Trust & Loyalty

The third in my “Story Behind …” series features an image from a recent outing on one of my Over & Sporting Photography (Game Shooting) commissions.

This is a good example of how the message of the image may not be completely obvious from the start, and perhaps clearer to some viewers than to others.

Firstly the clothing and the conditions set the scene; the tweed jacket and breeks and the colourful socks tell us that this is a game shooting scene, the mud and the boots tell us that this is a typical British winter day. The boots themselves are a great illustration of the great Scottish saying, that applies to most shooting activities – “there’s no such thing as bad weather, just bad clothing.” Shooters, like walkers, are passionate about “gear”, clothing and footwear that “works” is paramount.

Then we come to the star of our scene, the black labrador. What in particular does this image say about our humble, faithful friend? Well, if you’re a dog owner and particularly if you are a dog handler you will pick up more from this image. Here is what I see:

Stapleford_KS_Oct13_008Trust and Loyalty – There is no leash, the dog is walking to heal, there appears to be no doubt to the handler that the dog will remain there at heel. the dog appears determined to remain there. This itself shows a significant level of Training and Hard Work – that level of trust in a dog would not be possible without many hours of dedicated training. Enjoyment – the dog knows what is coming, the body language is showing excitement with the wagging tail, the stance and the poise indicates a level of determination.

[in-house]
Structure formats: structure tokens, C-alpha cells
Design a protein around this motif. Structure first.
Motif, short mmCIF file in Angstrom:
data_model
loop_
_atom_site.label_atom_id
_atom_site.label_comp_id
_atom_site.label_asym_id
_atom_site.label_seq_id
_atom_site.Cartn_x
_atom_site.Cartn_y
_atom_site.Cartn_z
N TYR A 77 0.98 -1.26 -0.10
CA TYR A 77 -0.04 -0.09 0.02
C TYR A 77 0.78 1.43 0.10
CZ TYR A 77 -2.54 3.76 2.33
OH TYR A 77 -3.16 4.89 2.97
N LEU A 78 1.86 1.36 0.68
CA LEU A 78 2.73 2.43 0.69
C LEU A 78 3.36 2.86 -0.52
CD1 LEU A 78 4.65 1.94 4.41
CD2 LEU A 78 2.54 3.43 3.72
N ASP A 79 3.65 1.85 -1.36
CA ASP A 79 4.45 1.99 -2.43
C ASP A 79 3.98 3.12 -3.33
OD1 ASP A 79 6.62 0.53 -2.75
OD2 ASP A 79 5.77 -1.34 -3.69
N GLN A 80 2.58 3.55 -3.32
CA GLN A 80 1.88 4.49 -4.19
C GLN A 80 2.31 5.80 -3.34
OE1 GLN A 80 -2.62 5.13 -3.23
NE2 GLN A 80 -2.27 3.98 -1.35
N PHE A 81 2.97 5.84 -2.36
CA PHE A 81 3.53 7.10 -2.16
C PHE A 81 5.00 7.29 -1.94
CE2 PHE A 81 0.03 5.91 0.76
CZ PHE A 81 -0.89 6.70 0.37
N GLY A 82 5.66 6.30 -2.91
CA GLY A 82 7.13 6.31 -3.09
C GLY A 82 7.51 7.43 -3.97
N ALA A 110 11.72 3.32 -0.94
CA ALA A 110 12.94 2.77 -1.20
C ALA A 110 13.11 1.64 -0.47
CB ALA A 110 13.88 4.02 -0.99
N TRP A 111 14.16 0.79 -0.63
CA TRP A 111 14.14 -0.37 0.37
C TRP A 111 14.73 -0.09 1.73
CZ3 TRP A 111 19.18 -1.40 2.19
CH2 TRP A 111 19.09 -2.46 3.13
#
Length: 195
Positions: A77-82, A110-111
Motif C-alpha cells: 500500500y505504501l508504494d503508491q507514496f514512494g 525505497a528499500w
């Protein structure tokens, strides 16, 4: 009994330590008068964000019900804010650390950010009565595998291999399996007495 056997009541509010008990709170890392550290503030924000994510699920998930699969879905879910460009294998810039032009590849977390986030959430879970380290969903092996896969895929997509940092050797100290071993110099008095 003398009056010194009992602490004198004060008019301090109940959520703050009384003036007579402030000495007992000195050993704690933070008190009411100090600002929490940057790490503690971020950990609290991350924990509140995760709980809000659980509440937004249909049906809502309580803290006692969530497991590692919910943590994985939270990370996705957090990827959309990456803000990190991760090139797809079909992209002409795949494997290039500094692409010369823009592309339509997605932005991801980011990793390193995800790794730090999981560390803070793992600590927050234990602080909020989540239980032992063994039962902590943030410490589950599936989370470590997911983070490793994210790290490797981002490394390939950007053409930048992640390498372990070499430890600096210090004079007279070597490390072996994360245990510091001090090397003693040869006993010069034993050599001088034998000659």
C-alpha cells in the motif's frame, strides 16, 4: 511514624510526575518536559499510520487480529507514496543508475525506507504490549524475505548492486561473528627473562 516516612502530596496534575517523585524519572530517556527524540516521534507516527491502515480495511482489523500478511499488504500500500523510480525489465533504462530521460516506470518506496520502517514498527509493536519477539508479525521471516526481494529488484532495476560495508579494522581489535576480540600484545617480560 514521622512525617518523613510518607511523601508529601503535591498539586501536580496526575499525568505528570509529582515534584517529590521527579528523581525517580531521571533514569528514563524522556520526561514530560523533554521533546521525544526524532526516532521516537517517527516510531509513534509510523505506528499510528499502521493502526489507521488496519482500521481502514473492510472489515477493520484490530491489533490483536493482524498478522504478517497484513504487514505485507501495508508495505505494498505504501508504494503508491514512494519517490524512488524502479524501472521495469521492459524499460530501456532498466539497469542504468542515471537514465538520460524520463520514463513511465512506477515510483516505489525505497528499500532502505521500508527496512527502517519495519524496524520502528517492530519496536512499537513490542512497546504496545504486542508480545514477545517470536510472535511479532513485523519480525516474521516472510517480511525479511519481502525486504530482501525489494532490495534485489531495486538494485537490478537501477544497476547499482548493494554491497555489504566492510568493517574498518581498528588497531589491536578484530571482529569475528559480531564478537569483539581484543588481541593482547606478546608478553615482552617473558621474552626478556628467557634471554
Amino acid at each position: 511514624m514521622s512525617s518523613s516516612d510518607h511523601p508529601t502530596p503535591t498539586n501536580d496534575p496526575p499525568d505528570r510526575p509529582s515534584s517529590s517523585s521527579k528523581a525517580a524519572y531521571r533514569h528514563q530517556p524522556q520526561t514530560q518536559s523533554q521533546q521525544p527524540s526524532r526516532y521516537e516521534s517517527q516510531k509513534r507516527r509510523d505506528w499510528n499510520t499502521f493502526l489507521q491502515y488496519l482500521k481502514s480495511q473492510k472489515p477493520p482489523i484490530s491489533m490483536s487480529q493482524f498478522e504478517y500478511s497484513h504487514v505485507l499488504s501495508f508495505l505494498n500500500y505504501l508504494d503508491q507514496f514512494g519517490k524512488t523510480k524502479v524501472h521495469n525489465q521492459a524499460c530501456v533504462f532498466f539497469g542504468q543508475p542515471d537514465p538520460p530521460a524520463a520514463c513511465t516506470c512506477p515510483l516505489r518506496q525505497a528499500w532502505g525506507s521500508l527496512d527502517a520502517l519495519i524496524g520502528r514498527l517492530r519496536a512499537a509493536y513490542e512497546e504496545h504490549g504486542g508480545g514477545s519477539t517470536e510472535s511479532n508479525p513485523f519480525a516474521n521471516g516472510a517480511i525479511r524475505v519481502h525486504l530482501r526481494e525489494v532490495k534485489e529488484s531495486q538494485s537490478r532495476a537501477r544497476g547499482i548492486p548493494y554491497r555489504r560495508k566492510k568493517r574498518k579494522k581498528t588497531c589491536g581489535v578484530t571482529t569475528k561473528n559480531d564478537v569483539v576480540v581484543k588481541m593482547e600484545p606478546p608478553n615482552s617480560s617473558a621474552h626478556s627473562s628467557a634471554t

Above all, to me, all I see is a incredible strong bond of friendship and loyalty despite the physical separation. With a highly trained dog there will be little need for physical communication much will go unsaid on the day.

That is what I see, but I know that not all will. Shooters are more likely to make the same connections as I do, but the beauty of photography is that we will all read images differently.

 

One thing I have proved though, is that this image is worth 360 words ….